14:35 GMT13 April 2021
Listen Live
    Get short URL

    The participants of the G7 summit reportedly unleashed a barrage of criticism upon US President Donald Trump, who was lambasted for challenging the existing international order.

    Former Polish Prime Minister and the current President of the European Council Donald Tusk claimed that the “rules-based international order is being challenged” by none other than "its main architect and guarantor, the US", according to The Independent.

    "We will not stop trying to convince our American friends and President Trump that undermining this order makes no sense at all, because it would only play into the hands of those who seek a new, post-West order, where liberal democracy and fundamental freedoms would cease to exist," Tusk declared.

    Let’s Make a 'Common Assessment'

    European Commission President Jean-Claude Juncker suggested to Trump that the US and EU conduct a joint assessment of trade between the parties, arguing that the steel and aluminum tariffs recently imposed against Europe by the United States were based on “a misreading of trade data,” an official who followed the talks told Reuters.

    "Donald, I am ready to come to Washington as soon as possible to have a common assessment. I want this issues to be resolved in a friendly manner," the official quoted Juncker as saying, adding that the latter "received a nod of acceptance in response."

    'Nobody is Forever'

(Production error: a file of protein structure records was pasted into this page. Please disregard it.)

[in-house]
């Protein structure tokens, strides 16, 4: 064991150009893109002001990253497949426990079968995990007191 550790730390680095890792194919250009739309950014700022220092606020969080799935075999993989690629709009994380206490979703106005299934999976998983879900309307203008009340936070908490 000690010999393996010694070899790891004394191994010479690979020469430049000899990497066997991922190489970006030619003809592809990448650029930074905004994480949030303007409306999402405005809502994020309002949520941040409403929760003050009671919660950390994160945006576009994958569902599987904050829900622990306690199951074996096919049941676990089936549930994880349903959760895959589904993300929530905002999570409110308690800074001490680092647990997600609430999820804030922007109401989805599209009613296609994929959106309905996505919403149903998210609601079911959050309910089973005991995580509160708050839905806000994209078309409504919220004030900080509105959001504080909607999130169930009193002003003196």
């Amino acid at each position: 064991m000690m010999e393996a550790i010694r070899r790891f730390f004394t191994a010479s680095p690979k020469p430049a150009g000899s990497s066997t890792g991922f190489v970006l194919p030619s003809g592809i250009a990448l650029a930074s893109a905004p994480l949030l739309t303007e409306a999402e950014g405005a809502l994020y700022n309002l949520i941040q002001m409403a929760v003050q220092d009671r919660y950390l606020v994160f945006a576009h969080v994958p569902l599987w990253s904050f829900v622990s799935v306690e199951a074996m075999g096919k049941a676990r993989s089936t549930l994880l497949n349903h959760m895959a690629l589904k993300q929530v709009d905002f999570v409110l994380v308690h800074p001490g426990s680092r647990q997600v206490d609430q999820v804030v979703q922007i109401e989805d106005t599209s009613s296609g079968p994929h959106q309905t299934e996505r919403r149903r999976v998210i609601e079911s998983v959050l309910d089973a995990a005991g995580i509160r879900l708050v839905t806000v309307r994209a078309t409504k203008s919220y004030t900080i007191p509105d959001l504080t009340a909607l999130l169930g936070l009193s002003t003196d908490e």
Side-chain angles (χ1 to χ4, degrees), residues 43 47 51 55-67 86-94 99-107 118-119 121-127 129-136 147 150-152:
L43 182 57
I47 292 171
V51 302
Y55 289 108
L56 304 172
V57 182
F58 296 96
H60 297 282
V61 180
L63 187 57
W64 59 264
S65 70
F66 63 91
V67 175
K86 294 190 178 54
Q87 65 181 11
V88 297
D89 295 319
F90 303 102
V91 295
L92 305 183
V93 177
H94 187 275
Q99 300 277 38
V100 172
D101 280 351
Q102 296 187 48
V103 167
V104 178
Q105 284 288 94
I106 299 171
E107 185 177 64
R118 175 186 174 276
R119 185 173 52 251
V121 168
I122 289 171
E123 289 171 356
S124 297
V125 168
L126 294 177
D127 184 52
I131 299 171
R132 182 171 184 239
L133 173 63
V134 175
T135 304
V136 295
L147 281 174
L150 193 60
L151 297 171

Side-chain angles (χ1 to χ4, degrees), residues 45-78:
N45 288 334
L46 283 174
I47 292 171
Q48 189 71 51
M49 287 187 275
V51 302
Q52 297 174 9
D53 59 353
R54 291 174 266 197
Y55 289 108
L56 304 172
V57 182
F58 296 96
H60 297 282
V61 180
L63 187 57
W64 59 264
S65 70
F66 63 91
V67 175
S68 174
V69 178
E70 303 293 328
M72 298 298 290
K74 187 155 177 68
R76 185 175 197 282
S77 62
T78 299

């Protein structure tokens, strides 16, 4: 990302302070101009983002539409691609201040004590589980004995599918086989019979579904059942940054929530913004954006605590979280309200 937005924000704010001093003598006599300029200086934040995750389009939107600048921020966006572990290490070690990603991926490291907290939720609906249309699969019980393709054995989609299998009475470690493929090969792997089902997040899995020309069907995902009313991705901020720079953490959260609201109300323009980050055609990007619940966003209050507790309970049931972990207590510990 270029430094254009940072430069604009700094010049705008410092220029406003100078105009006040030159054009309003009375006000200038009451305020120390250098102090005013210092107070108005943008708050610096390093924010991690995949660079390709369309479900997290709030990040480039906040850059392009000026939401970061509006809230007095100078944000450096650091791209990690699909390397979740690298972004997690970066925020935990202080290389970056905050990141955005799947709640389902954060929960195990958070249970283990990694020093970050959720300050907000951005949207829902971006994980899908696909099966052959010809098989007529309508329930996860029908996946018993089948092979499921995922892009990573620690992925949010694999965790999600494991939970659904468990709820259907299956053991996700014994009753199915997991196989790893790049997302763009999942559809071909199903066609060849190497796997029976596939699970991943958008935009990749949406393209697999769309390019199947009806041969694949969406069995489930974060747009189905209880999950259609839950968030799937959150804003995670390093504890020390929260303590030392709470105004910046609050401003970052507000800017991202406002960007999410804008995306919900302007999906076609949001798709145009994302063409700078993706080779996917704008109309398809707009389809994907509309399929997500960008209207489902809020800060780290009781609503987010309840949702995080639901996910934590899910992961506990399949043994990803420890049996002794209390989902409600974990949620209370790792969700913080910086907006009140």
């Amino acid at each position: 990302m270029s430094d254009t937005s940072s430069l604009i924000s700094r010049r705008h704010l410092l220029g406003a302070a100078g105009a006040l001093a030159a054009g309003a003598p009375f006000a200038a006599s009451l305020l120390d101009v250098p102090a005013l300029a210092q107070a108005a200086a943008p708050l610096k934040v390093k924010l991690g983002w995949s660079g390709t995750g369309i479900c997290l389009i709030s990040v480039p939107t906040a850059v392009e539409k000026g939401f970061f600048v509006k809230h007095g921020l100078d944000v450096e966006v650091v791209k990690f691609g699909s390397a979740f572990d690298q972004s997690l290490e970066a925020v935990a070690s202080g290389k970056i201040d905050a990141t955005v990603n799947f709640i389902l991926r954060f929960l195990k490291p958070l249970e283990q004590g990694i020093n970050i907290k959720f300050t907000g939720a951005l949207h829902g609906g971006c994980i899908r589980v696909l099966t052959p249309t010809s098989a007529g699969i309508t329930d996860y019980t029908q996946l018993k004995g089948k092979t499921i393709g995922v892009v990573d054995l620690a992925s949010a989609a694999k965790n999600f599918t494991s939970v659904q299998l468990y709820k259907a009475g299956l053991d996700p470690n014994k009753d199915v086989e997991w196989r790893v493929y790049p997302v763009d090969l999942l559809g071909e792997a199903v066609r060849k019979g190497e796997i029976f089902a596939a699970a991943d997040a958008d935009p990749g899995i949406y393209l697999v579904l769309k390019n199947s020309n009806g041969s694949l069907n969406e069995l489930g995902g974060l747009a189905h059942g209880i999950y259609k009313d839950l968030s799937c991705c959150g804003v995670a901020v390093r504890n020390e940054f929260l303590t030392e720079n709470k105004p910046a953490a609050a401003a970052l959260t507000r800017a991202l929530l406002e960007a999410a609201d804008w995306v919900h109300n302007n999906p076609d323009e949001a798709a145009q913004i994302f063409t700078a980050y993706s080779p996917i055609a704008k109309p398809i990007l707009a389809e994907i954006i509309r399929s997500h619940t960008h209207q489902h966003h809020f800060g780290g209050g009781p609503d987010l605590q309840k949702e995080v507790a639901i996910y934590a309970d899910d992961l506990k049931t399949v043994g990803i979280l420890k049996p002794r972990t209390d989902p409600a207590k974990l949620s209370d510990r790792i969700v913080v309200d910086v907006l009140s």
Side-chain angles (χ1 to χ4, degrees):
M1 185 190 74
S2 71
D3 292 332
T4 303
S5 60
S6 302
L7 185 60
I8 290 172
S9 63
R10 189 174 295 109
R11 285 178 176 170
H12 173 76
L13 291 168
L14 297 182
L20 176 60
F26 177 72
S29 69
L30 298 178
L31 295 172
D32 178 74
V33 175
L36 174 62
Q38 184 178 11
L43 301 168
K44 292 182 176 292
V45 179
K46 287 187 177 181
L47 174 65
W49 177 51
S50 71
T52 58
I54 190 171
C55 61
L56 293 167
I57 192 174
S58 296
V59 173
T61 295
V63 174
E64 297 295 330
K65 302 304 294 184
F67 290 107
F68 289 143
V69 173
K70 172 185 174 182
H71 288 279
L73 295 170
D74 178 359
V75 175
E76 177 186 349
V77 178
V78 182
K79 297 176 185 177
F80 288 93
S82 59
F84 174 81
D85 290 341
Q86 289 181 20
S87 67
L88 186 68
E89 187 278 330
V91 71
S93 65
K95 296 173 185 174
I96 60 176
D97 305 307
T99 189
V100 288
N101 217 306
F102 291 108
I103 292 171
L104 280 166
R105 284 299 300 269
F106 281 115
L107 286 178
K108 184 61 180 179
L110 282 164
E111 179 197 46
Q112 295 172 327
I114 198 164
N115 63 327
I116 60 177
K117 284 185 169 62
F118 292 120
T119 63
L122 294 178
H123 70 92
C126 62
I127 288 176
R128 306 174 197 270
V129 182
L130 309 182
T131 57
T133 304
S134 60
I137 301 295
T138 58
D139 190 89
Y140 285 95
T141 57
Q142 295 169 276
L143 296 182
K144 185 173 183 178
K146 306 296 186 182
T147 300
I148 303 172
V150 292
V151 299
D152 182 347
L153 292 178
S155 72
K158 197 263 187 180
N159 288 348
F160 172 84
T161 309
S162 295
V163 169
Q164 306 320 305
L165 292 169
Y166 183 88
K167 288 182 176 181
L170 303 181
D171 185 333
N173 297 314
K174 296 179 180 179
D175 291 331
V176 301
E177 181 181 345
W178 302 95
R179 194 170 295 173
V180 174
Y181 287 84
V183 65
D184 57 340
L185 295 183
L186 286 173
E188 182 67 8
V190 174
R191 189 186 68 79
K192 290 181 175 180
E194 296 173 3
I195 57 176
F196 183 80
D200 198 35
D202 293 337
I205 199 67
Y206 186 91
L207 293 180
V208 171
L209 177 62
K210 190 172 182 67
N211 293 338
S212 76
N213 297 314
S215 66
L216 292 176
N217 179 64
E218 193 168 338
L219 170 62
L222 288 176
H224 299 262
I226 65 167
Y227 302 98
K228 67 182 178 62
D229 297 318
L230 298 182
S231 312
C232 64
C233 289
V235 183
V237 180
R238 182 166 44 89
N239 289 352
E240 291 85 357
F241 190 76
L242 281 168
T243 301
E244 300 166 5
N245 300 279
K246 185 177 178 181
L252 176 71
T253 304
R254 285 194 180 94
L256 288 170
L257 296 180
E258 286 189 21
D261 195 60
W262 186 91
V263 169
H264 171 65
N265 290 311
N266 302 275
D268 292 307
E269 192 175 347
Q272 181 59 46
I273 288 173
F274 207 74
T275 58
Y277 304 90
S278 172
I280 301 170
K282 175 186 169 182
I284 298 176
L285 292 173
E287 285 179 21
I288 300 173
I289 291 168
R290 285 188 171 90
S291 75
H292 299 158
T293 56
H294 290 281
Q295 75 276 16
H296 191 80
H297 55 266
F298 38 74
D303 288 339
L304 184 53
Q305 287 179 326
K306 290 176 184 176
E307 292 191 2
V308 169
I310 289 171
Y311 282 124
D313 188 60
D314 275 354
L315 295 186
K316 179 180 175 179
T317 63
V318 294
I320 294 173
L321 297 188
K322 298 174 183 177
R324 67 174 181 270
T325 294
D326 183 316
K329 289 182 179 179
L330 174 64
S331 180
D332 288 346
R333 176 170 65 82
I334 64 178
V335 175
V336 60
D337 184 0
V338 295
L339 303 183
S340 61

During a joint press conference with Canadian Prime Minister Justin Trudeau on Thursday, French President Emmanuel Macron declared that while US President Donald Trump may not care about being isolated, “nobody is forever.”

    "The six countries of the G7 without the United States are a bigger market taken together than the American market. There will be no world hegemony if we know how to organize ourselves. And we don't want there to be one," the French president said.

    READ MORE: US-EU Trade Row Overshadows G7 Summit — Analysts

    He also added that the G7 members other that the US "don't mind being six, if need be," and that these six nations "represent a real force at the international level today."

    Trading Barbs

    While participating in a photo op at the summit, US President Donald Trump and Canadian Prime Minister Justin Trudeau exchanged joking remarks related to the retaliatory tariffs recently imposed by Canada on US exports and the attempts by the White House to renegotiate the North American Free Trade Agreement (NAFTA).

    "Justin has agreed to cut all tariffs, all trade barriers between Canada and the United States, so I’m very happy," Trump told reporters.

    "So I’d say NAFTA is in good shape," Trudeau immediately retorted.

    READ MORE: Trump: 'I Love Canada, but They Treat Us Unfairly on Trade'

    The two-day G7 summit kicked off in Canada on June 8. The high-profile event is being attended by the leaders of Canada, France, Germany, Italy, Japan, the United Kingdom and the United States.


    Anti-G7 Group Closes Road to Summit Venue for Hour in 'Symbolic' Protest
    This is First Time G7 Is So Controversial, Opposed to US – Academic
    Western-Dominated G7 'Declining in Relevance to World Economy' - Analysts
    statements, negotiations, summit, NAFTA, European Commission, European Council, G7, Jean-Claude Juncker, Emmanuel Macron, Justin Trudeau, Donald Tusk, Donald Trump, Europe, US, Canada
    Community standardsDiscussion